Download This Version in Microsoft Word format
TO MEMORIALIZE THE CONGRESS OF THE UNITED STATES TO APPROVE LEGISLATION THAT WOULD REQUIRE CARBON MONOXIDE DETECTORS IN FEDERALLY SUBSIDIZED PUBLIC HOUSING.
Whereas, two residents of Allen Benedict Court died of carbon monoxide poisoning, and over four hundred people lost their homes because of dangerous living conditions at the public housing complex in Columbia, South Carolina, this year; and
Whereas, United States Senator Kamala Harris unveiled a bill requiring carbon monoxide detectors in federally subsidized public housing after an investigation showed how a widespread lack of the devices posed a threat to millions of low-income families; and
Whereas, at least eleven public housing residents have died of carbon monoxide poisoning since 2003, but the U.S. Department of Housing and Urban Development (HUD) does not require carbon monoxide detectors; and
Whereas, Senator Harris's proposed legislation would require all public housing to have at least one carbon monoxide detector on each floor of each unit, based on standards determined by HUD; and
Whereas, Representative Joe Cunningham said, "This bill helps deliver that peace of mind among our most vulnerable by ensuring federally assisted housing have carbon monoxide detectors. The two senseless deaths at Allen Benedict Court apartments in Columbia, South Carolina, could have been prevented, and we have an urgent obligation to make sure such tragedies never happen again. Every parent deserves the peace of mind of knowing their children are safe when they tuck them in at night"; and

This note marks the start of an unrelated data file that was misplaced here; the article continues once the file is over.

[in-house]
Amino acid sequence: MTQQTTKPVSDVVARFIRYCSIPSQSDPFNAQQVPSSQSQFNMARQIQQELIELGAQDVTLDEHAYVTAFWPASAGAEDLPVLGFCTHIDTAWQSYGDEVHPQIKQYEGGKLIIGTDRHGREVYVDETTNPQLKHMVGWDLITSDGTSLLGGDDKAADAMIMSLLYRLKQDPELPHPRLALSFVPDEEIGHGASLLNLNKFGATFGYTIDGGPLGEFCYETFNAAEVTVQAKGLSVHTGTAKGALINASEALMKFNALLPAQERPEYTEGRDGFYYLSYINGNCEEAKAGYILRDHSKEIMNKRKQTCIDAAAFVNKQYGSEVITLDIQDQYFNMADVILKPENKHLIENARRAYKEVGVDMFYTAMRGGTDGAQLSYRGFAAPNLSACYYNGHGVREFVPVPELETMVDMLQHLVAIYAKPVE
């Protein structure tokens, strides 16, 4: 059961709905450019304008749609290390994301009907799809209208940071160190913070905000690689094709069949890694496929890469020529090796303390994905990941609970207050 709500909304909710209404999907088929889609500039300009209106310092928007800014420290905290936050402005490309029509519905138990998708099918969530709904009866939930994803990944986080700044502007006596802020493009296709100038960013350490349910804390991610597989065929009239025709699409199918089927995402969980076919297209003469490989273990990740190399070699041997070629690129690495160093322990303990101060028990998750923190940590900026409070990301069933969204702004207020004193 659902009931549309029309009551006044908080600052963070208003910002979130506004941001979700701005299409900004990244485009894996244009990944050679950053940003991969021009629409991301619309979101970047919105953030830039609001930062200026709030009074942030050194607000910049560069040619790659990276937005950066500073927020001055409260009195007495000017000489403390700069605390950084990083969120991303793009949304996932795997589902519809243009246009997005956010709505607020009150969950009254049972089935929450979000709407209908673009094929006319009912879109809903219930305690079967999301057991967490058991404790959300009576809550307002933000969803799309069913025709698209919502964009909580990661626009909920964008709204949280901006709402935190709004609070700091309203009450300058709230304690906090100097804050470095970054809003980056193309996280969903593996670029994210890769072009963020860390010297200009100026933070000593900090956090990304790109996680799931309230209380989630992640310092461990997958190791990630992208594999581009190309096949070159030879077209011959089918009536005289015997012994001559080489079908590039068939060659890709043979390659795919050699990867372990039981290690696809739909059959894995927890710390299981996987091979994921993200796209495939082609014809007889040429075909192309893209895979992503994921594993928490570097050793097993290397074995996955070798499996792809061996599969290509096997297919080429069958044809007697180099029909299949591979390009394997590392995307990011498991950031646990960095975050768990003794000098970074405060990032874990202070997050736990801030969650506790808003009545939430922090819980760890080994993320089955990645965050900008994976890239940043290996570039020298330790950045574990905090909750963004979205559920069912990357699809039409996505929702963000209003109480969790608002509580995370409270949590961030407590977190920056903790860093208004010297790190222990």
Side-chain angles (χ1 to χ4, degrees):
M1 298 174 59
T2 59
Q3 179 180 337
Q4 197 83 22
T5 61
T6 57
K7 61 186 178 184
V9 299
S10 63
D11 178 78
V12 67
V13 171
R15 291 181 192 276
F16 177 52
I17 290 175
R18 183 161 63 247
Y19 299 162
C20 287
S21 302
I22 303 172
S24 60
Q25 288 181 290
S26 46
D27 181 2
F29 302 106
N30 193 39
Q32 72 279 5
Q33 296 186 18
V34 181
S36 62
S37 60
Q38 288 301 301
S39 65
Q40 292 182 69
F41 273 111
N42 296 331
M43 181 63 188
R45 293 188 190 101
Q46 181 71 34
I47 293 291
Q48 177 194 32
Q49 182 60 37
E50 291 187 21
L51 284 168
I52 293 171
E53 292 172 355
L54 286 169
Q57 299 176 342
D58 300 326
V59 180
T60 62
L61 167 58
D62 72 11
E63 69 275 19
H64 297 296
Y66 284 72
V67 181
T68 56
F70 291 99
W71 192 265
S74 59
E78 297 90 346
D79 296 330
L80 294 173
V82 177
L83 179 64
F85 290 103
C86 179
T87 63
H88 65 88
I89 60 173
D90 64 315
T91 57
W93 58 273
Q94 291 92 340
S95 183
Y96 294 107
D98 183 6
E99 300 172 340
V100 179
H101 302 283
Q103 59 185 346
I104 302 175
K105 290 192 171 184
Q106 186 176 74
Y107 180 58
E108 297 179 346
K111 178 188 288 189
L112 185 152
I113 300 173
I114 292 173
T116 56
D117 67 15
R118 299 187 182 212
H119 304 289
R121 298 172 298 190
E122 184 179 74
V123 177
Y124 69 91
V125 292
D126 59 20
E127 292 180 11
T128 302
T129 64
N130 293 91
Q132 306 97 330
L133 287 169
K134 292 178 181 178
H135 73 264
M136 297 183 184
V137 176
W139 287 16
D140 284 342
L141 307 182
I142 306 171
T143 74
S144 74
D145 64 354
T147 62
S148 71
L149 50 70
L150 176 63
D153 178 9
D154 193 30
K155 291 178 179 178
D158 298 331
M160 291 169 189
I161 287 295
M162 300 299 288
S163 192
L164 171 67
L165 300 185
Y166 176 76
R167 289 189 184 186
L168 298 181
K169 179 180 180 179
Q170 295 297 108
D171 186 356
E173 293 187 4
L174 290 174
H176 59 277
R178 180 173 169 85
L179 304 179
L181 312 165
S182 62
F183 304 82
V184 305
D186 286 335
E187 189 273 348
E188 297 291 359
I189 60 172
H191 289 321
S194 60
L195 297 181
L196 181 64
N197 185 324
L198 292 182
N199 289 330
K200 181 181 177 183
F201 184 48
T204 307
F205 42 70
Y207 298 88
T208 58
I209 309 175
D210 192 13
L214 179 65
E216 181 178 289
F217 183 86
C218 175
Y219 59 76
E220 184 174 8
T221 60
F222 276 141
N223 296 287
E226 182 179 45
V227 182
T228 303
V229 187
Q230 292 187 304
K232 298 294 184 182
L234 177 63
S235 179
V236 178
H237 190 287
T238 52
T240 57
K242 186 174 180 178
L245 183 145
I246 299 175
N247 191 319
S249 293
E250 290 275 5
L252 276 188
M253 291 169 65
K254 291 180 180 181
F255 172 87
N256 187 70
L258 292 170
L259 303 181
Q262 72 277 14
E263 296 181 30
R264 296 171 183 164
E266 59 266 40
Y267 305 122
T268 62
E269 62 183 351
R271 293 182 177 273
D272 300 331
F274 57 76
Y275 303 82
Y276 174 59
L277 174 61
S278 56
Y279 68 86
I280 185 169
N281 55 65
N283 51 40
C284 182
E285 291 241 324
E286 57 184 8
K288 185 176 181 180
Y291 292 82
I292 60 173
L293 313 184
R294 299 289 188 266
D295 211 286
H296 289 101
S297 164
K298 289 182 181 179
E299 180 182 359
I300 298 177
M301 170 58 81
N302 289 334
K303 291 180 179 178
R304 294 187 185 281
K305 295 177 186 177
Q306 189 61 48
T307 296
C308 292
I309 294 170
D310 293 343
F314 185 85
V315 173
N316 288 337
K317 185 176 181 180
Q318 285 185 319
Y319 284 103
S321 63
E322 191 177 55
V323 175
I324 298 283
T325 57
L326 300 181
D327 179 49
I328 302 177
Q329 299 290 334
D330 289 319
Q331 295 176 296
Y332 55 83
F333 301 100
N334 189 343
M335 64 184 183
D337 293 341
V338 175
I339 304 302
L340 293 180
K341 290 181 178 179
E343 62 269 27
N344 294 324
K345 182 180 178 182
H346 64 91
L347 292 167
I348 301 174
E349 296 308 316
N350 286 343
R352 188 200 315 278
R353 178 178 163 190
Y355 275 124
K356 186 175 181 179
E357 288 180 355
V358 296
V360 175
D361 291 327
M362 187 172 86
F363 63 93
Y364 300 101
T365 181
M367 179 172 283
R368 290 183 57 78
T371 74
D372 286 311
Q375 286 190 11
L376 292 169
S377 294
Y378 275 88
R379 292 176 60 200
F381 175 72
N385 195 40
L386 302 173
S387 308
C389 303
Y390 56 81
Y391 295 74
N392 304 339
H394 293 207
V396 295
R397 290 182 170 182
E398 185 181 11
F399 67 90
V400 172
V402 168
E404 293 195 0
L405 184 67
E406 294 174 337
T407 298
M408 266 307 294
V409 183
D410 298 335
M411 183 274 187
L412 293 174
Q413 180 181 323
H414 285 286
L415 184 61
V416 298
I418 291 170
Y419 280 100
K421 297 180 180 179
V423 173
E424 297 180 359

Whereas, state and local requirements on carbon monoxide detectors are patchy and inconsistently enforced. Since HUD does not require detectors and, therefore, does not check for them during regular inspections, many residents of taxpayer-funded housing have little protection against carbon monoxide, a colorless, odorless gas that at high levels can kill in minutes. The elderly and young children, who make up a disproportionate number of the country's 4.6 million public housing residents, are particularly vulnerable to carbon monoxide's dangers. Now, therefore,
Be it resolved by the House of Representatives:
That the members of the South Carolina House of Representatives, by this resolution, memorialize the Congress of the United States to approve legislation that would require carbon monoxide detectors in federally subsidized public housing.
Be it further resolved that a copy of this resolution be presented to the members of the South Carolina Congressional Delegation.
This web page was last updated on March 20, 2019 at 1:22 PM